The study was conducted in a small rural town called Barkly West in South Africa's Northern Cape province. The rationale for selecting Barkly West as a case to investigate was because it represented a poorly resourced South African community in which issues of access and adoption were prevalent and affected mostly young people.

Qualitative data was collected via focus groups of both users and non-users of a government PAC in the rural town.

A range of economic, political, educational, infrastructure, cultural, organizational and other factors were identified as important factors which influence whether people in rural communities will make effective use of public ICTs to improve their lives.

Motivation for skills development

Given the limited opportunities the small town has to offer, respondents considered the center a place to seek opportunities in the wider environment. Employment and self-development were two key motivational drivers that drew people to the center and there seemed to be a general view from participants that it was important to improve themselves by acquiring knowledge through ICT.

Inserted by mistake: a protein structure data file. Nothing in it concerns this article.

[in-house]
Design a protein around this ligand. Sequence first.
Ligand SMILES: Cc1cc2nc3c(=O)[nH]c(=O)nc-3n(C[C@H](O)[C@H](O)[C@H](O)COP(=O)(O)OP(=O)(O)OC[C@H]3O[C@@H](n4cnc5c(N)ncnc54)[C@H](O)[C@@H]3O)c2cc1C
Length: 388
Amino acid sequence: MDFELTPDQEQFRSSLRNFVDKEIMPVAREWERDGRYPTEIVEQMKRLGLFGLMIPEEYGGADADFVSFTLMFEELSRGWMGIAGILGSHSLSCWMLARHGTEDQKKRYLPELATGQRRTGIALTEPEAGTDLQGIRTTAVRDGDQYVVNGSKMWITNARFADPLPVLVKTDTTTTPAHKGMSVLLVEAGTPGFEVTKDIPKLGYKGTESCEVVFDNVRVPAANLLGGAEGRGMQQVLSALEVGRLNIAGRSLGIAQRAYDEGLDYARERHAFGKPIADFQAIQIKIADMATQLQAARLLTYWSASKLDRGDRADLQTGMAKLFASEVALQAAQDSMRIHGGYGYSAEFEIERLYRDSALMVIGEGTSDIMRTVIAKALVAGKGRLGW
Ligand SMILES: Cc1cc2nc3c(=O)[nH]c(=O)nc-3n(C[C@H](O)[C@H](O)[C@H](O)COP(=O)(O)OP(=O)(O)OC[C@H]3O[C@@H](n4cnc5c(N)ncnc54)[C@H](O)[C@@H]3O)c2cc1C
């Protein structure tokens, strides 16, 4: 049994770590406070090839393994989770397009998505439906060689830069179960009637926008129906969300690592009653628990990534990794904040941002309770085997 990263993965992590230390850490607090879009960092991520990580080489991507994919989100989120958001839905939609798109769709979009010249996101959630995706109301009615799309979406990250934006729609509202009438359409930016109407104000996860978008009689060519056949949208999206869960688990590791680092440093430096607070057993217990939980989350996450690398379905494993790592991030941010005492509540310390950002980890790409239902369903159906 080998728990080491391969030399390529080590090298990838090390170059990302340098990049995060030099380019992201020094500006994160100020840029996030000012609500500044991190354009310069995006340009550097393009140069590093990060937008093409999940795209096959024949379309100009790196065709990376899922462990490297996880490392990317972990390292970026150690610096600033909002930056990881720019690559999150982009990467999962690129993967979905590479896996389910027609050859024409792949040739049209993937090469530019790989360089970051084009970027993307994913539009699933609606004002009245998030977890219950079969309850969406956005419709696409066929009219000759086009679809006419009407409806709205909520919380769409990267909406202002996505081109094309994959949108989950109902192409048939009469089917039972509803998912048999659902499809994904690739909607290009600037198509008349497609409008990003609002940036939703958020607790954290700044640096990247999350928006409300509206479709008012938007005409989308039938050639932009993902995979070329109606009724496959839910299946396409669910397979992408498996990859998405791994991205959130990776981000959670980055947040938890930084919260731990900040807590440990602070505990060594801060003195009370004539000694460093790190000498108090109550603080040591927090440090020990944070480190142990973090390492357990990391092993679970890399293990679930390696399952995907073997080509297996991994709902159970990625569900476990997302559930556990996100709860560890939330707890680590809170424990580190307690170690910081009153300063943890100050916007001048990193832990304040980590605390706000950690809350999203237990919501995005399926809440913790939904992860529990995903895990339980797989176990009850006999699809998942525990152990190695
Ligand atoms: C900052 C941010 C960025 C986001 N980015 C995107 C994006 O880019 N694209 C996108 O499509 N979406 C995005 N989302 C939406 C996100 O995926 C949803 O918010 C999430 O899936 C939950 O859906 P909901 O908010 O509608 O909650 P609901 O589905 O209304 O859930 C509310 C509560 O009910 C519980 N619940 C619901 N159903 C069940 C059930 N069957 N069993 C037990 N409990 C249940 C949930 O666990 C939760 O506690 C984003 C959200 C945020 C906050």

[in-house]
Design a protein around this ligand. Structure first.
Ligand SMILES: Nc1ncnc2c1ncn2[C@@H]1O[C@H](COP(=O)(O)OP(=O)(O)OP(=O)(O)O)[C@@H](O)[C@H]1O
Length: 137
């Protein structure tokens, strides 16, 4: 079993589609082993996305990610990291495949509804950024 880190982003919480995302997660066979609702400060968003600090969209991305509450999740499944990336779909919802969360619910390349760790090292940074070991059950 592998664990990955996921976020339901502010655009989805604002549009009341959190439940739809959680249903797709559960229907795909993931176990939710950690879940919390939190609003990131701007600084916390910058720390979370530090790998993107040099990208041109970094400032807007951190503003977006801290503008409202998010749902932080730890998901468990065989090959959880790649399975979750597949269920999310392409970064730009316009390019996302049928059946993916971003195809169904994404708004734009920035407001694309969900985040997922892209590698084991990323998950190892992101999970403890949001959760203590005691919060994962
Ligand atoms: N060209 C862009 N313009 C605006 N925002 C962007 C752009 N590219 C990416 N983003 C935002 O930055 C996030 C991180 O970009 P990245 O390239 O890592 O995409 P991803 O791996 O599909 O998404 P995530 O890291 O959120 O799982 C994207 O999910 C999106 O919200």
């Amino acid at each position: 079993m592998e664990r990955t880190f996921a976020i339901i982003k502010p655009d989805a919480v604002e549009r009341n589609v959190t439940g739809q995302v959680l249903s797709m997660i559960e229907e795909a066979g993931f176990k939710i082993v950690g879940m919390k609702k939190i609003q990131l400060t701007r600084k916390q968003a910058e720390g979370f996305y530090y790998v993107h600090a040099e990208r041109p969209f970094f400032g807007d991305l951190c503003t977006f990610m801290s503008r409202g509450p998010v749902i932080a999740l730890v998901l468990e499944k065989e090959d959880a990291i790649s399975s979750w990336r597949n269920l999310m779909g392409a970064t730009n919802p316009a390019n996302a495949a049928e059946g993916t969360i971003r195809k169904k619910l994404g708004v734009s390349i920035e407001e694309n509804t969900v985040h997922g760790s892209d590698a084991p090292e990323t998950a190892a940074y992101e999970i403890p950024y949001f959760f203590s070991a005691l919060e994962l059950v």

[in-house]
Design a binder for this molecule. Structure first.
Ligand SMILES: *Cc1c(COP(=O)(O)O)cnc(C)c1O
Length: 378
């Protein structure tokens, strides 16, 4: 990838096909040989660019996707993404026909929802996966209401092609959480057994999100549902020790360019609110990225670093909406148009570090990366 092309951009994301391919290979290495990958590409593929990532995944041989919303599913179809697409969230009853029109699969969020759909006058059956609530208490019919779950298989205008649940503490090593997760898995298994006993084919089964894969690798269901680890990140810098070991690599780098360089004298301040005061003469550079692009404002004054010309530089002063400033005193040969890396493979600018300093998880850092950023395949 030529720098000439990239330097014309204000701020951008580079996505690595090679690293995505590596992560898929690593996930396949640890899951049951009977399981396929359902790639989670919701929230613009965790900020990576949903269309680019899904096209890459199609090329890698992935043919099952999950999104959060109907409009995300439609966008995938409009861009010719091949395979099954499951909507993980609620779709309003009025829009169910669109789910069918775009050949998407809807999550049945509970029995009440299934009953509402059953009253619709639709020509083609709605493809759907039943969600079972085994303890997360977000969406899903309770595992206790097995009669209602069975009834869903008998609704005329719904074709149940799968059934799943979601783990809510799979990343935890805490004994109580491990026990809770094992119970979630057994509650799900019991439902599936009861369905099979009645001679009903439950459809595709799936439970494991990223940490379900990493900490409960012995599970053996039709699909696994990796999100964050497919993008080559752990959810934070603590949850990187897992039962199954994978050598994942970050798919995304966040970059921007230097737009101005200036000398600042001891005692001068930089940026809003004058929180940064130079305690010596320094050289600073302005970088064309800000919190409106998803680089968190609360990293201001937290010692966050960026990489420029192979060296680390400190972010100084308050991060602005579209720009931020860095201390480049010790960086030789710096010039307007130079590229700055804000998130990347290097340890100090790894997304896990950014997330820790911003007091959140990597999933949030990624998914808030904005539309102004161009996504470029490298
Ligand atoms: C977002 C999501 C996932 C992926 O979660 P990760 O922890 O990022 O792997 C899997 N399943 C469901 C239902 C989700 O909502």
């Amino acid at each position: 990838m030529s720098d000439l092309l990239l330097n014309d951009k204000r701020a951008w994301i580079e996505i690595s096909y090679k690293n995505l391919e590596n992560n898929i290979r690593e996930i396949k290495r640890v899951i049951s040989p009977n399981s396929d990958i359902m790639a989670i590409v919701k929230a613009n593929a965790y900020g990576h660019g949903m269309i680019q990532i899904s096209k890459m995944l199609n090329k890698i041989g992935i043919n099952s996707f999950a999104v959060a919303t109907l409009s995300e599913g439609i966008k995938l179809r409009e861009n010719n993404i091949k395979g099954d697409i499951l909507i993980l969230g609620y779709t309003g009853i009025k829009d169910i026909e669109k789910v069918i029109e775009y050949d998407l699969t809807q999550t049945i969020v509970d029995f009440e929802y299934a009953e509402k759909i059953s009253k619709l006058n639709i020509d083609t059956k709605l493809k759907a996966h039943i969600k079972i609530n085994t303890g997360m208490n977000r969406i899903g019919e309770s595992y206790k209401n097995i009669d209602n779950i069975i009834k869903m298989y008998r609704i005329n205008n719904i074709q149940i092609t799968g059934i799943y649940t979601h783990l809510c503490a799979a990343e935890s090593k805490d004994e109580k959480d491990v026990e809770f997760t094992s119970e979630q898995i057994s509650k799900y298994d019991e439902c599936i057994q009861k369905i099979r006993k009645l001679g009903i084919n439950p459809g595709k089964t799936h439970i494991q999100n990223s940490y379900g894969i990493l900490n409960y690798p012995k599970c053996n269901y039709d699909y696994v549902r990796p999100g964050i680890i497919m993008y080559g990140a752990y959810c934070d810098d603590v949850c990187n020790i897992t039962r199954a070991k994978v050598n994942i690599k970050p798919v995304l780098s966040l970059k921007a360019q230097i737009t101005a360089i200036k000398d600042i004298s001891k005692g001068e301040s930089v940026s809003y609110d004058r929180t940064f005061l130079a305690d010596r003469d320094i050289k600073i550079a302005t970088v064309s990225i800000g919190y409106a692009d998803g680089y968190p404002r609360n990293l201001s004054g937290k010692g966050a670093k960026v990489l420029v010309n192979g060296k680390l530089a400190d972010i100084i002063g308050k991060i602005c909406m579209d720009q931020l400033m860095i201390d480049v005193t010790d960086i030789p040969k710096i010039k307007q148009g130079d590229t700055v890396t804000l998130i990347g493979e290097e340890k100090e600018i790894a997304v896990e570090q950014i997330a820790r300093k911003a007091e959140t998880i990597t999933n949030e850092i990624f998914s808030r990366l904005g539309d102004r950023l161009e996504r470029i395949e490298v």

We also found that friends and family, educators and experienced individuals could have an influence on whether or not people in the community use the PAC. Educators could substantially influence decision makers to adopt ICTs at a school level.

However, the lack of digital skills was also a negative influencer in some cases. If community members believed there was no opportunity to learn to use the computers at the center they would simply shun it, from the very outset, even if they were aware of the possible personal development drivers.

Creating inclusive spaces

One of the key issues that came out of the study was the inclusion of marginalized people in the design of social and economic services and the lack of training and outreach in the community.

The findings have shown that the low adoption of ICTs can be attributed to the lack of resources and the way in which the center is administered and managed. A common view among respondents for not using ICTs at the center had to do with non-exposure to computers.